I’ve compared the two shows a considerable amount over the years, but I was somewhat hoping that The Bureau would finish on a slightly higher note than The Sandbaggers, as we entered what would appear to be the final season. The show has largely improved every season, from an already superb starting point, but its creator, Eric Rochant, has decided enough is enough and has decided to move on to make his (much deserved fortune) in the US.

Yet, here I am, forced to make the same comparison as always, because while season 5 of The Bureau is largely as brilliant, and possibly even better than previous seasons, Rochant decided to hand over the reins to the final two episodes to noted French director Jacques Audiard (A Prophet, Rust & Bone, Dheepan). And while these are actually pretty good by most standards, the show’s quality drops – if not markedly, at least noticeably.

By my God, those first eight episodes…

Spoilers aplenty after the reminder (in French) of what happened in seasons one to four, the (subtitled) trailer for season 5 and the jump. If you haven’t seen the previous seasons – or this season – you’re probably better off waiting until after you have. Remember: the only place you can now watch all five seasons in the UK is Sundance Now, since the first two aren’t on Amazon Prime any more (at least, not for free).

Continue reading “Boxset Tuesday: Le Bureau Des Légendes (The Bureau) (season 5) (France: Canal+; UK: Sundance Now)”
BFI events

What TV’s on at the BFI in October and November 2020? Including Play for Today at 50

Every month, TMINE lets you know what TV the BFI will be presenting at the South Bank in London

Hooray! Not only has the BFI finally been able to reopen its doors, it’s also started putting on TV events. And in October and November, it’s got a whole season of events dedicated to the magnificent long-running BBC anthology show, Play for Today, which first aired 50 years ago.

Full details of the season, as well as which plays are being show and when are after the jump, as well as links to previous TMINE ‘The Weekly Play’ articles that have featured the plays.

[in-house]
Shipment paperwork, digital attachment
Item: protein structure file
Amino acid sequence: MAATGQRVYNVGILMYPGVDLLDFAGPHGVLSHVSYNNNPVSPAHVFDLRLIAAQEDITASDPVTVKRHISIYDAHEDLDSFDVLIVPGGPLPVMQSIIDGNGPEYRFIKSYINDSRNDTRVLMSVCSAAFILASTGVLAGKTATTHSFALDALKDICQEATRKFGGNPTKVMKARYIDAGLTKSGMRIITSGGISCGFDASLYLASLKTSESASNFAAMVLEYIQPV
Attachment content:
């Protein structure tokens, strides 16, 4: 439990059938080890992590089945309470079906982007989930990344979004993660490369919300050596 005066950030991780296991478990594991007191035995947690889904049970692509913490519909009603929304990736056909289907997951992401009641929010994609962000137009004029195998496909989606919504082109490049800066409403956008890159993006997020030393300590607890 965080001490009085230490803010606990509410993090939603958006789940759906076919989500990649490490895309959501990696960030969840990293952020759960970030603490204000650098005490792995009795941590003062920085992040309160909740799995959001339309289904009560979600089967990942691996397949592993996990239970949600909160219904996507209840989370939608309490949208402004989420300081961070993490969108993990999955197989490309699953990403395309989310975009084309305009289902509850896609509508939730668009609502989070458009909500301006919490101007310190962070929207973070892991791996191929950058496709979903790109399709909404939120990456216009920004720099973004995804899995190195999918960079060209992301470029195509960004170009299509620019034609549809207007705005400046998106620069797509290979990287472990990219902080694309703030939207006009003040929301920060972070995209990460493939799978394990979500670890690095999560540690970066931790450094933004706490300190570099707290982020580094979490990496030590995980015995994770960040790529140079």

Continue reading “What TV’s on at the BFI in October and November 2020? Including Play for Today at 50”
RTS events

What (more) TV’s on at the RTS in October? Including Jed Mercurio

Every so often, TMINE flags up what new TV events the Royal Television Society is holding around the UK

You really have to keep an eye on the RTS. For weeks, their events programme has included a session with ‘one of the country’s most high profile TV writers’. Nope. No details.

But now we know who it is, at last – it’s Jed Mercurio. Well, they weren’t wrong, were they?

In conversation with Jed Mercurio

Date: Thursday, October 15
Timings: 12.30pm
Location: Zoom

Jed Mercurio is the acclaimed writer who now also produces and directs. From this wide perspective, he’s able to tell us how writing really works in television today, and how writers can best enter the industry. Plus insights into how you can write compelling drama that keeps audiences wanting more.

Jed’s writing credits include Line of Duty, The Bodyguard, Bodies, Cardiac Arrest and The Grimleys. Hosted by William Gallagher in conjunction with the Writers’ Guild.

Book tickets